ow Indian, and book 3 was atop the rock. I followed swamp, briers, roads and road crossings until reaching the 5-way intersection and fire ring. I decided I needed to consult the directions and map.

At this point I confirmed I was back on-course, but had missed (by a lot) getting book 3. So I backtracked and retrieved book 3, retracing steps to the fire ring. I was 6:20:02 into my run when I finally got my book 3 page.

It was light out; I knew then there was no way to complete this loop in the 13:20 limit. Getting from book 2 to 3 should have taken me perhaps 30 minutes, but ended up requiring two hours. My average heart rate for this section, with all my stopping to consult map and directions was only 87 with a maximum of 128.

Losing confidence in having picked the correct path, one slows down, as deadly of a sin for completing the Barkley as being lost itself.

My frustration was evidenced by my failure to record on my watch segment times between books 3, 4 and 5, finally remembering to do so again retrieving book 6 atop Rat Jaw. My total walk time was now 12:37:08 with an average heart rate between books 3 – 6 of 96. I had navigated reasonably well after book 3 to book 5 at Raw Dog Falls.

My uncertainty where to begin the descent of Fykes Peak was magnified as I didn’t find the described landmarks for the Inverted Cone, but I successfully wound my way down that mountain, noting the park boundary markers and the partially-downed power lines before crossing the New River.

I did not worry about wet feet in the New River, although I did find the underwater rocks to be rather slippery. I found the stream coming down the far side of the road with the power-lines overhead as described in the directions.

Then I followed a valley with a tiny stream down to the “partially downed power lines (bottom photo)” that I traveled under to the New River where I crossed.

About halfway up I saw another runner near the summit though I’m not sure who it was. About a third of the way down the other side, I thought I heard voices off in the woods to my left. If so, those runners were off course. I slid down the short butt-slide and followed the shelf to my right around and down to the dirt road with about a 100-yard climb back up the road to the falls and book 5.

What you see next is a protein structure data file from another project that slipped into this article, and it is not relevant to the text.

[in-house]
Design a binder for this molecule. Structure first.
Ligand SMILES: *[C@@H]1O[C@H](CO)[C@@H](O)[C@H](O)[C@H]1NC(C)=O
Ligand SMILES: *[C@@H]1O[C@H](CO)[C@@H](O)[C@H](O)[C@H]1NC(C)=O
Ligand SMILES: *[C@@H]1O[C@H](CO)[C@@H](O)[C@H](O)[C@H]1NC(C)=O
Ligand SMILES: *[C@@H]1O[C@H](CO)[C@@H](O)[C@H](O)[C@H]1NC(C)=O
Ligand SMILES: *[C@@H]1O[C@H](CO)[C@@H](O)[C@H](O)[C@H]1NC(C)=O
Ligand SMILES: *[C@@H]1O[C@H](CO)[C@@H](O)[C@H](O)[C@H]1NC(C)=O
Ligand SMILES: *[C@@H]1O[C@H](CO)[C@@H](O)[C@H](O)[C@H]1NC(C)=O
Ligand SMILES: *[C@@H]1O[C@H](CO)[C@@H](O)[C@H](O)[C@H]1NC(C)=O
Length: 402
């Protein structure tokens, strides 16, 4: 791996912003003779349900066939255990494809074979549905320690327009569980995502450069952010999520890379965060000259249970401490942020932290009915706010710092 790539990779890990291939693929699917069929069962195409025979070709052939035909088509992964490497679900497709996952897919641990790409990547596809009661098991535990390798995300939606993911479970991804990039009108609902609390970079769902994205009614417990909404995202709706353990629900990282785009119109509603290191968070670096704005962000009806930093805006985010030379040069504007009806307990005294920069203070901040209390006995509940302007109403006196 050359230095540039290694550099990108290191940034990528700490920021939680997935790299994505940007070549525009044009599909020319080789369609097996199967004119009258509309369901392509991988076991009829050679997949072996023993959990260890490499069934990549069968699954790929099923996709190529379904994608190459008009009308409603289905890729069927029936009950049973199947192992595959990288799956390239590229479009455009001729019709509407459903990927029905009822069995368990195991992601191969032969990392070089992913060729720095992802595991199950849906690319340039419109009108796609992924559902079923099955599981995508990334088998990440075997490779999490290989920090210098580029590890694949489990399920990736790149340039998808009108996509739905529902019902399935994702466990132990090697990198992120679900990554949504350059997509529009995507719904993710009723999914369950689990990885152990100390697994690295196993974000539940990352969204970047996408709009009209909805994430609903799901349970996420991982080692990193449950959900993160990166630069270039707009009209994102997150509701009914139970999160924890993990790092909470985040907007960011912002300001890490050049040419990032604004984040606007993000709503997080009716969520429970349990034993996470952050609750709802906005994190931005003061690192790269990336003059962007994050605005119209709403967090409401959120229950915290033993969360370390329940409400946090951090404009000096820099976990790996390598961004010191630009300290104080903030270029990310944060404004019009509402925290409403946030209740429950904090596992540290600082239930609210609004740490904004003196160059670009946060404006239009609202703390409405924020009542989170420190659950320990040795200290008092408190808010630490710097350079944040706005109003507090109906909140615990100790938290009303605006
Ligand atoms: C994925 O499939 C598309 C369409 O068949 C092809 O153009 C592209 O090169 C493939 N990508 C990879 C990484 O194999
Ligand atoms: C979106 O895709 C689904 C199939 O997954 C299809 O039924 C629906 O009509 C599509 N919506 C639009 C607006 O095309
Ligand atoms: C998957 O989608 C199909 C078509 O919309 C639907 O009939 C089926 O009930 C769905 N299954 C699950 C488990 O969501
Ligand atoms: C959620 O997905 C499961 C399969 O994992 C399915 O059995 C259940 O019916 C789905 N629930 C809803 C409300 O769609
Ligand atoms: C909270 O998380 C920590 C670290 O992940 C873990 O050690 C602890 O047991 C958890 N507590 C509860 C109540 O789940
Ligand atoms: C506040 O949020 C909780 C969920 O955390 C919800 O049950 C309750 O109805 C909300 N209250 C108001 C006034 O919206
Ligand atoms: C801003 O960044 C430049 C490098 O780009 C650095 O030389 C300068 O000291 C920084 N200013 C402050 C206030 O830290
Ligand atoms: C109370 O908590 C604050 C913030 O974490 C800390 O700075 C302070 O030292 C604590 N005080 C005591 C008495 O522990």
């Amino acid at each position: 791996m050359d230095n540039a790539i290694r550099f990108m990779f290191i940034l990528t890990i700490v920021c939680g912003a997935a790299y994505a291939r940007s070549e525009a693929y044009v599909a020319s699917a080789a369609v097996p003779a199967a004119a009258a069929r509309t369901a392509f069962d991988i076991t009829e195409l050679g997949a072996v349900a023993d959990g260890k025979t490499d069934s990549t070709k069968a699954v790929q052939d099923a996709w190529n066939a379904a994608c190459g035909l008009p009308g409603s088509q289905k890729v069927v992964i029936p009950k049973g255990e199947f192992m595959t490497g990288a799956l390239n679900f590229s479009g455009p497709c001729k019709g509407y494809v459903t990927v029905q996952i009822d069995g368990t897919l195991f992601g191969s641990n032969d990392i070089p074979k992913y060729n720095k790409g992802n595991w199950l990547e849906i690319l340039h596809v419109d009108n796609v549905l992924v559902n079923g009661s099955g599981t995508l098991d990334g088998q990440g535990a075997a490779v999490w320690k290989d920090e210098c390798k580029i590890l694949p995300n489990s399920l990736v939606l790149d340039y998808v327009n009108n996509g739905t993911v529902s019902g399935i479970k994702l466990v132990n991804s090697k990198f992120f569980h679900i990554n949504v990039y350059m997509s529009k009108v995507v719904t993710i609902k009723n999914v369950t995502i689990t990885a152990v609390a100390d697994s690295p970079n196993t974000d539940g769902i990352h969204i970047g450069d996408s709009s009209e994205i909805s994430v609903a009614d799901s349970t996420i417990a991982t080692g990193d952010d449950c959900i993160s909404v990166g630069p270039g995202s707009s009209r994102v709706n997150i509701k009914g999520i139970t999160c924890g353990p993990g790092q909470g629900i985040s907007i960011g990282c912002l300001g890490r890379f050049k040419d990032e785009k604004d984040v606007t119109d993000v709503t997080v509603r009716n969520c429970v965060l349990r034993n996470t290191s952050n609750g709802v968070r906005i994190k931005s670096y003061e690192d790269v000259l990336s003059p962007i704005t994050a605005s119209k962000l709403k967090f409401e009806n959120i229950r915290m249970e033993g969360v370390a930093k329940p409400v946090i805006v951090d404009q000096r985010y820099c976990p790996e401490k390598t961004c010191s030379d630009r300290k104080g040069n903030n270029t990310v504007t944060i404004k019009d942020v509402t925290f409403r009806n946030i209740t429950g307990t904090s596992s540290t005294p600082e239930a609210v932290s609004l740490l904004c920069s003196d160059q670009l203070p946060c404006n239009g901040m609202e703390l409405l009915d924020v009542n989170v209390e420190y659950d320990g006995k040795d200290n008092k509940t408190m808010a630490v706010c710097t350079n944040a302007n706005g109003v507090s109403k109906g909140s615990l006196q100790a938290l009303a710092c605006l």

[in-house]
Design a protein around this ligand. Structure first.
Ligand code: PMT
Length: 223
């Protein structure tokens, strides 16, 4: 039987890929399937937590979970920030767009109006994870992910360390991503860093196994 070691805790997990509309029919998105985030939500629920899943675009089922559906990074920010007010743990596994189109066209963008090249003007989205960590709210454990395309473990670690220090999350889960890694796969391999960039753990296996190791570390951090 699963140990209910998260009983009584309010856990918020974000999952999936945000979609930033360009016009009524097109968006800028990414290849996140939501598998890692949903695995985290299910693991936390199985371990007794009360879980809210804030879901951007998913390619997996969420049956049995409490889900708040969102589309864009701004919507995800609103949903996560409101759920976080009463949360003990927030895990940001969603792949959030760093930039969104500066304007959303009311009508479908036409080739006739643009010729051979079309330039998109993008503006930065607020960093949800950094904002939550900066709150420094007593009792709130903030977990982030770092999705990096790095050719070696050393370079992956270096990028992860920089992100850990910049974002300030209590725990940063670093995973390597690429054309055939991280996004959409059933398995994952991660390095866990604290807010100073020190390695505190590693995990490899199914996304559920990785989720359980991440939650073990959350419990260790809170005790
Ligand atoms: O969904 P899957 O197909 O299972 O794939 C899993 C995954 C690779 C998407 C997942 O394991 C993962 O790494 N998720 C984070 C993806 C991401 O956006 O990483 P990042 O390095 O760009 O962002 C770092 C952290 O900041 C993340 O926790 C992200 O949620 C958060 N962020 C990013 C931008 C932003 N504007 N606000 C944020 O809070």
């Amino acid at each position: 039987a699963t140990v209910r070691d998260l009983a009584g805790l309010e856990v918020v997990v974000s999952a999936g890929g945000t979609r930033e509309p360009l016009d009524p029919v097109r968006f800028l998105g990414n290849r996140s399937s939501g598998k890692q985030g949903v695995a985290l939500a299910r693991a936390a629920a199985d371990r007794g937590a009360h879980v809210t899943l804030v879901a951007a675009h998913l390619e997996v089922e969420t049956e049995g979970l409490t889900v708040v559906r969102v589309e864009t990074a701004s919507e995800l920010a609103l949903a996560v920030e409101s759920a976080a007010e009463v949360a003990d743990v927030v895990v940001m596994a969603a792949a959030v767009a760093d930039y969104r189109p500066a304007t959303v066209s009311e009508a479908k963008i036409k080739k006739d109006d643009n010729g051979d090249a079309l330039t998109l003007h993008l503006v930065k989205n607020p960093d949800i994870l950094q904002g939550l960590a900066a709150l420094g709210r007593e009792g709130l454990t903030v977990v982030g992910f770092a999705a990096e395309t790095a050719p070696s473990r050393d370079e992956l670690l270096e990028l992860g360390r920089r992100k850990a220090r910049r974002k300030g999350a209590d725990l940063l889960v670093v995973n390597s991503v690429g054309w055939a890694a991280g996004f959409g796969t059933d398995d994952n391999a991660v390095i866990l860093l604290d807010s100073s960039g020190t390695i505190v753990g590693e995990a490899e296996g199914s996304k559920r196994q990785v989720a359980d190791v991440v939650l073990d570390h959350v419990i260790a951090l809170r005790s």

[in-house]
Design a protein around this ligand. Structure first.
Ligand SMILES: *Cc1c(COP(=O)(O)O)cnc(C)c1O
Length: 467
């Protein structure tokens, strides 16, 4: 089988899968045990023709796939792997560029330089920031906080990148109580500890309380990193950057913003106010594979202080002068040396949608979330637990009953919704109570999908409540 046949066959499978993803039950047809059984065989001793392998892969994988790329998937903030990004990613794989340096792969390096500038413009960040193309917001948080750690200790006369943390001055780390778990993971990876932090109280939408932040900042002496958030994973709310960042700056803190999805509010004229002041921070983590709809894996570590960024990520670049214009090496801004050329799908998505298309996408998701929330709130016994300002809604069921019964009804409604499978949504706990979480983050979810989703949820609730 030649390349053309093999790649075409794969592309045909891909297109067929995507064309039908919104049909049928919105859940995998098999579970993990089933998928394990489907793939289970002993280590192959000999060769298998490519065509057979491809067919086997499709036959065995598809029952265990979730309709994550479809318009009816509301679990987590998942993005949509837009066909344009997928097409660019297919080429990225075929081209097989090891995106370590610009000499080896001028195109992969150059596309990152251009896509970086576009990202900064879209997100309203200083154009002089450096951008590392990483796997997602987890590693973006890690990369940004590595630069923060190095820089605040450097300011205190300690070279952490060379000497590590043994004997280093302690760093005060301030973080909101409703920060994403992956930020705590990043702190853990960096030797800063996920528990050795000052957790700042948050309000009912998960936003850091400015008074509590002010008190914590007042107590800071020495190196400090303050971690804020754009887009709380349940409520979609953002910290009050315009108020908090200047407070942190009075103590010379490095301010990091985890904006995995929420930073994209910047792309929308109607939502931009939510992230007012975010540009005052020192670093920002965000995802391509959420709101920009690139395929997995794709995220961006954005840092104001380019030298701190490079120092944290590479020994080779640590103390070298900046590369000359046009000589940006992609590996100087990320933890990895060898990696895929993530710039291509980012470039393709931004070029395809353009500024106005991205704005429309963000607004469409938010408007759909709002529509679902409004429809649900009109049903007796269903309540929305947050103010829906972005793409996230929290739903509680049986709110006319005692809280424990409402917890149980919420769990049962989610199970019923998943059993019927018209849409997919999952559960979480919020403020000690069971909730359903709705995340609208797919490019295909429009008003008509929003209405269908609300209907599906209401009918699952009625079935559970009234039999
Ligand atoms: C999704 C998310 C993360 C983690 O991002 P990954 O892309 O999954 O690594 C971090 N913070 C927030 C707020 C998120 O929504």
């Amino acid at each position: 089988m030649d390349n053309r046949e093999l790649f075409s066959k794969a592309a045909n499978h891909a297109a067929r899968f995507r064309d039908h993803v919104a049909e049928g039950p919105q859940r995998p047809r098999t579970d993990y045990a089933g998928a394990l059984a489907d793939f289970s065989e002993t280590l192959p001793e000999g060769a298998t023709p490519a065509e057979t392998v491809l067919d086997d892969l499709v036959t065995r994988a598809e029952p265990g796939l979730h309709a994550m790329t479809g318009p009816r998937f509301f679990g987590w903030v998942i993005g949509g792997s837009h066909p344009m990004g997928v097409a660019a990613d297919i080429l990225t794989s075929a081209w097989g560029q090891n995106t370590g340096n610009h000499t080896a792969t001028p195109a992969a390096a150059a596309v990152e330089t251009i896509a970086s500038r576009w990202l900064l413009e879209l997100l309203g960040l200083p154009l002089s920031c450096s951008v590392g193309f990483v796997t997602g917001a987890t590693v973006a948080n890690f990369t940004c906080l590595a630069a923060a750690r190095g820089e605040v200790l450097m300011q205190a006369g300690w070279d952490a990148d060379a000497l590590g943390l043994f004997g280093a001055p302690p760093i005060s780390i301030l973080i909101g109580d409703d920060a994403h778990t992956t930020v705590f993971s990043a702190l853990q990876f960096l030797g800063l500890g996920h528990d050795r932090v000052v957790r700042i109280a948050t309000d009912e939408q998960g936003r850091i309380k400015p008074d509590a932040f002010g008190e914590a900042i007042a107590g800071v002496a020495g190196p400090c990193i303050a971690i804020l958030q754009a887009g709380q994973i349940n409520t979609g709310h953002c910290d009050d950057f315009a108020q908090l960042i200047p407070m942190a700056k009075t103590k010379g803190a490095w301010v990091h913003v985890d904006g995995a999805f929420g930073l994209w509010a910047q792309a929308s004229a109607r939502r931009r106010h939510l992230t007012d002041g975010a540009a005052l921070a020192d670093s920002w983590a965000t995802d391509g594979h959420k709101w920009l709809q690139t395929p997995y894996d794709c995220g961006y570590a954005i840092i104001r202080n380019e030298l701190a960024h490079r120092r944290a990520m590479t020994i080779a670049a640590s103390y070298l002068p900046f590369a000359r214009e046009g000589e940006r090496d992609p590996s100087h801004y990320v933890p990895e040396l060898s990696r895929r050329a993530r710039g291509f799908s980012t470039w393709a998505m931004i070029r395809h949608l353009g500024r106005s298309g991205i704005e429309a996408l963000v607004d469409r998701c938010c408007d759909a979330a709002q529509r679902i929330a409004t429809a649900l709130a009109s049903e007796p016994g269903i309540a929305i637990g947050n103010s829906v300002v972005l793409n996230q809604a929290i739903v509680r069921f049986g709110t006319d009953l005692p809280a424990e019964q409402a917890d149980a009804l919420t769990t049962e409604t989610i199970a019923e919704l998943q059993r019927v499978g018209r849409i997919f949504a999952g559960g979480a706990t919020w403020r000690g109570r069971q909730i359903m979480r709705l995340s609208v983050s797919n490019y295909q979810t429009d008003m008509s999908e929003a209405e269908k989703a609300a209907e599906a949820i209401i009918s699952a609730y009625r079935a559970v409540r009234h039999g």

Then, another navigational error: I assume I did not travel far enough down the road before crossing the expected stream to begin climbing Danger Dave’s Wall. While using plastic tent spikes to assist my climb, I continued down the top of a narrow ridge and into a valley. Further down, crossing a dirt road that seemed to fit the course description, I started to see houses off to the side. I passed a goat pen, confirming in my mind I had somehow gone too far.

I took a gravel road up past a couple nice homes and saw the reservoir dam to the – not from above, but from below. Time spent studying the map helped me confirm the location, so I walked up through the grass, back into the woods and onto highway 116.

I started to climb highway 116, looking for the pig’s head on-a-stick marker. In prior years I had seen it from the road and expected to see it again. After many switchbacks of climbing I decided the coming switchbacks were very sharp and corresponded to some on the map way above the Pig’s Head turnoff. So I headed back down highway 116, still looking to find the pig’s head. I came to a nice large stream flowing down off of the mountain, but no head. Shortly afterward I met two competitors, Cheryl Lager and Joe Ninke, so I was indeed in last place of those continuing to move. Entering a climb next to a tiny stream, I assumed this had to be the entry spot although I did not see the pig’s head until starting up from the ditch. I turned; there on a stick tied behind a tree was the promised head, only visible after you had correctly chosen the path.